Carlisle girl, 10, told she wouldn't get school dinner because of £4 debt

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Katie Dodd with her mum Cassie Heggie
Katie Dodd with her mum Cassie Heggie

A mother has hit out at a Carlisle primary school which said that her 10-year-old daughter would not get a meal until a debt of £4 was paid.

Cassie Heggie, of Warnell Drive, says her child was at risk of going hungry after she received a letter from her daughter's headteacher at Inglewood Junior School demanding the debt be settled.

David Grimshaw's letter was sent home with her daughter Katie after the Harraby school did not receive £2 payments last Monday and Tuesday.

Parents at the school are expected to pay for meals in advance or on the day, not retrospectively.

Ms Heggie says she has paid for her school dinners in the same way since Katie started at the school - by cash at the end of the week, after picking up her wages on a Thursday.

She said: "I didn't receive the letter until the Wednesday night, but I'd already given Katie £18 to pay that day but if it hadn't have been paid Katie wouldn't have been fed.

"Since Katie was seven I've paid for meals. I told them I get paid every Thursday and I pay straight away, so what is the problem? I will be going to the board of governors about this."

Ms Heggie, who has five children, admitted that she has received text messages in the past relating to non-payment of school dinners.

 David Grimshaw

David Grimshaw

Mr Grimshaw's letter, dated March 15, stated: "Failure to pay £4 for the meals already taken will result in Katie not receiving any school meals from Wednesday 15th March onwards until the debt is settled.

"Once the debt is settled Katie will be welcome to have hot school meals again. However failure to pay on the day or in advance for future meals will result in Katie not receiving a school meal."

Two thirds of the pupils - about 200 children - have school lunches.

Mr Grimshaw said: "The very large majority of parents pay on time and some pay weeks in advance. There is a small minority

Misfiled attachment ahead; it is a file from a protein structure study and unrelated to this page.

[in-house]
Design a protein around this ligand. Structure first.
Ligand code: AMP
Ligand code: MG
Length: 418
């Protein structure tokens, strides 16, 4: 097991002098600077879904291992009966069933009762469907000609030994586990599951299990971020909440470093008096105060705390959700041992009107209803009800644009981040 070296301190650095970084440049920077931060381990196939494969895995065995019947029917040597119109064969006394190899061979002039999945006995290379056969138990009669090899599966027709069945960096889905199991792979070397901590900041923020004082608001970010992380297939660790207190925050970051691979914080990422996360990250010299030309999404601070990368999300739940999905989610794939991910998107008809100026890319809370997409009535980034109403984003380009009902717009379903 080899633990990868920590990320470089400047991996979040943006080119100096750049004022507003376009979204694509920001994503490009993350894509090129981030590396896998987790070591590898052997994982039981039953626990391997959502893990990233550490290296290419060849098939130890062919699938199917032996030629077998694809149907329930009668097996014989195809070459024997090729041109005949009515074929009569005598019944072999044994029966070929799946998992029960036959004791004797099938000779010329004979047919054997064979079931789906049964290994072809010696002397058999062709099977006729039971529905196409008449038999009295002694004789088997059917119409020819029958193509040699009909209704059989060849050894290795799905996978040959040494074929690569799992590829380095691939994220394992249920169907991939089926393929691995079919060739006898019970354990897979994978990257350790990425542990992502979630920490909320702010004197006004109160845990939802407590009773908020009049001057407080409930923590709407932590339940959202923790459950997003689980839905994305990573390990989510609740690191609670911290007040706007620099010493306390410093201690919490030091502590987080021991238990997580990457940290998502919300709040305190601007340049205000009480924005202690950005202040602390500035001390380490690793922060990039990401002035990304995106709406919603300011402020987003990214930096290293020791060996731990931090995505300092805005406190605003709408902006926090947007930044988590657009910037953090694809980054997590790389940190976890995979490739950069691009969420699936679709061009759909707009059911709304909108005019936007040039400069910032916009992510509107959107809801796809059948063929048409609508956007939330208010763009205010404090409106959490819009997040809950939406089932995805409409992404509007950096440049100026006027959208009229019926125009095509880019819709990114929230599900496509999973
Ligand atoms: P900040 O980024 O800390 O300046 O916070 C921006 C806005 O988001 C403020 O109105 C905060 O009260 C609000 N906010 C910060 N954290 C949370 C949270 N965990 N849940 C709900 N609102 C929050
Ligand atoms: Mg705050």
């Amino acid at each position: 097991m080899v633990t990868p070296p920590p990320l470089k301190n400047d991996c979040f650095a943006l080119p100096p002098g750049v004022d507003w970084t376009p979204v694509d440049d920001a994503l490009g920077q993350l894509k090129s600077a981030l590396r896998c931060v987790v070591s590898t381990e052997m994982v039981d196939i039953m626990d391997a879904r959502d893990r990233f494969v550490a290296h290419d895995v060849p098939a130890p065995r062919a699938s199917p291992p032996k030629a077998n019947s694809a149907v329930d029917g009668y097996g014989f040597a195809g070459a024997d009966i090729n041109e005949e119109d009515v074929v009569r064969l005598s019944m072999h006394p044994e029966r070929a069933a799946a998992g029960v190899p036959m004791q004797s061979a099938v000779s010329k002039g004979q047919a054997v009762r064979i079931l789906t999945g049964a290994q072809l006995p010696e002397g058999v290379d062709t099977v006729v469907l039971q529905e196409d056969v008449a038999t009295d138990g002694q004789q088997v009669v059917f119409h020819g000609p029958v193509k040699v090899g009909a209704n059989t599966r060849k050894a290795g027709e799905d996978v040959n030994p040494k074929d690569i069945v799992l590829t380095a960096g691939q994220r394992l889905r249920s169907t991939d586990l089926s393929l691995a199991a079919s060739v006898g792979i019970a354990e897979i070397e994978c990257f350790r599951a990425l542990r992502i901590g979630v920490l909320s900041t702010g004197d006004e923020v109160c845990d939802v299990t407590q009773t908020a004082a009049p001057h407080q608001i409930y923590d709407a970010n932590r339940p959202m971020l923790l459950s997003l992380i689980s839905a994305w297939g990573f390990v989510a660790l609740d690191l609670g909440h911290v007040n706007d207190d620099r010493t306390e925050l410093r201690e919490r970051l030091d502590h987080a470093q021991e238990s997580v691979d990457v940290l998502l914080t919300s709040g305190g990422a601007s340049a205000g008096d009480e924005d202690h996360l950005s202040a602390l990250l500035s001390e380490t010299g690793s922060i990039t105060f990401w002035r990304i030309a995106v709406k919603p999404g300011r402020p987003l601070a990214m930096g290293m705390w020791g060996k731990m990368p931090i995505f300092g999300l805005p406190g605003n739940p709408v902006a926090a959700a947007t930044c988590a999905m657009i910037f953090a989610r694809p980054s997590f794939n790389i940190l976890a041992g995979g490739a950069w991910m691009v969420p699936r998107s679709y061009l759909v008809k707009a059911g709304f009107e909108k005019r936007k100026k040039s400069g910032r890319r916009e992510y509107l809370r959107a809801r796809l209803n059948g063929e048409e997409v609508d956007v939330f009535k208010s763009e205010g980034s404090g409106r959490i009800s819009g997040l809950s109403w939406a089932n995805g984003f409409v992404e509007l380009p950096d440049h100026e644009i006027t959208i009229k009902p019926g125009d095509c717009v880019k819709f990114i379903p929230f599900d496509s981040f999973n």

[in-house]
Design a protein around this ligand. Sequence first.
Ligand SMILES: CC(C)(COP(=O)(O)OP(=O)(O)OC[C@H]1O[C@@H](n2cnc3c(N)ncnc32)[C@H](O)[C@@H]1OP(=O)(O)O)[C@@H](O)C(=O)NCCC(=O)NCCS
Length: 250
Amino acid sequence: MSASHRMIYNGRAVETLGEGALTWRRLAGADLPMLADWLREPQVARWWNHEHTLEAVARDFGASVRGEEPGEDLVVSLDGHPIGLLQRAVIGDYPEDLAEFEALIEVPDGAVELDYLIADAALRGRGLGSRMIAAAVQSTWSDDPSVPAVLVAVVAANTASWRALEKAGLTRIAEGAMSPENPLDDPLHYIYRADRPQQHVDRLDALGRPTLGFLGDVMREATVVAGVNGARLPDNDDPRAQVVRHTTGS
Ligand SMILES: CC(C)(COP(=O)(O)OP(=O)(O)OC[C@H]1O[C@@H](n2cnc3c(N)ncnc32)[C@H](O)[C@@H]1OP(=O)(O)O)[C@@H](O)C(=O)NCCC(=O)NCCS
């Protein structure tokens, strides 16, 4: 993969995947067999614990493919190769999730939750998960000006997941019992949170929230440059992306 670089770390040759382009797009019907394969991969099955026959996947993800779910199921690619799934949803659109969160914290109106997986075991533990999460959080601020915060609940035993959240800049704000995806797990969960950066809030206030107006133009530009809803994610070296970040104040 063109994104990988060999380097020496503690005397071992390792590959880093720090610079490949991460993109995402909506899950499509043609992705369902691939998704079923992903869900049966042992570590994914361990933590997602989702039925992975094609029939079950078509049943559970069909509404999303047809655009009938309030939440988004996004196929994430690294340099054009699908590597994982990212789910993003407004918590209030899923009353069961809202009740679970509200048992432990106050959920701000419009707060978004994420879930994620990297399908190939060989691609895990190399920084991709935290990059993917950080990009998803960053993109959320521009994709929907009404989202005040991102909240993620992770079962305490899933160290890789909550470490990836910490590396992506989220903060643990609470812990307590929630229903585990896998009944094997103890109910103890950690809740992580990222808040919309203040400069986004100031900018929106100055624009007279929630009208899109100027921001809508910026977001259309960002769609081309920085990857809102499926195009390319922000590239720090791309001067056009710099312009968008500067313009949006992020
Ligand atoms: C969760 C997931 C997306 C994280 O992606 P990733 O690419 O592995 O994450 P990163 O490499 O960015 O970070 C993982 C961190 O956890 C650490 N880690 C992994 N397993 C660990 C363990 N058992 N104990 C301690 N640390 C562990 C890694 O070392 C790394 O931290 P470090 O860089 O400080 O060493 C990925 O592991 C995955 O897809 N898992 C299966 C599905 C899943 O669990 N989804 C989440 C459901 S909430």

however, less than 10, who do not pay on time and often run up debts."

The school's charging policy sets out what happens when meals are not paid for.

Text messages are sent to parents on days one and two. If no payment is received by the end of that second day, a letter is sent home saying the child will not receive a meal on day three.

Mr Grimshaw said: "On both days the child is fed free of charge. On day three if no payment is received there will be a phone call home, if the first contact is unavailable further contacts are phoned to request payment. We have never had a situation when payment has not come in to school that day.

"School is very accommodating and will discuss payment plans or payment days to ensure that a child’s meal is always paid in advance. We are aware that parents get paid on different days and we have many parents who pay Wednesday to Wednesday but always in advance of meals."
He added: "There are still some occasions when parents do not pay on agreed days running up debts of up to £20 and sometimes beyond.

"For these very rare instances school must take a stance and issue a severe warning. This warning is after weeks and sometimes months of failing to pay on time as well as numerous text messages, phone calls and face to face conversations."

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Dave   , Carlisle Tuesday, 21 March, 2017 at 7:32AM
Is this really the lead story? There must be very little happening in Cumbria! Has the mother seriously ran to the paper with this story? The system is black and white. Nobody is above the rules. I hope the News & Star paid £4 for that story.
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Ian   , Southport, Monday, 20 March, 2017 at 7:23PM
Typical headline seeker. Fair warning was given. You have to pay for meals, school or otherwise.
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Nicholas   Gee , Wigton Monday, 20 March, 2017 at 6:41PM
Pay up and stop playing for sympathy in this paper. I assume that it's the non-payer who contacted a journalist about this private, confidential matter between the school and the parent. Everyone's a victim even if they caused their own problem! And five children - enough already.
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John   Millican , Carlisle Monday, 20 March, 2017 at 4:31PM
The school have been perfectly within their rights to do what they have done. How did this ever get to print and how did Miss Heggies other 4 children get fed?
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Jackie   , Penrith Monday, 20 March, 2017 at 3:56PM
How is this the main story? The school has a clear and fair system in place, the mother clearly doesn't think the rules apply to her and is not setting a very good example for her daughter.
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Vim   Hemcakk , Carlisle Monday, 20 March, 2017 at 2:57PM
Hmmm
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Steve   , Carlisle Monday, 20 March, 2017 at 12:17PM
This seems perfectly reasonable to me. In the real world those unable to pay for their lunch wouldn't get credit for two days. If parents are unable or unwilling to pay in the agreed way they should send a sandwich. This is the real world!
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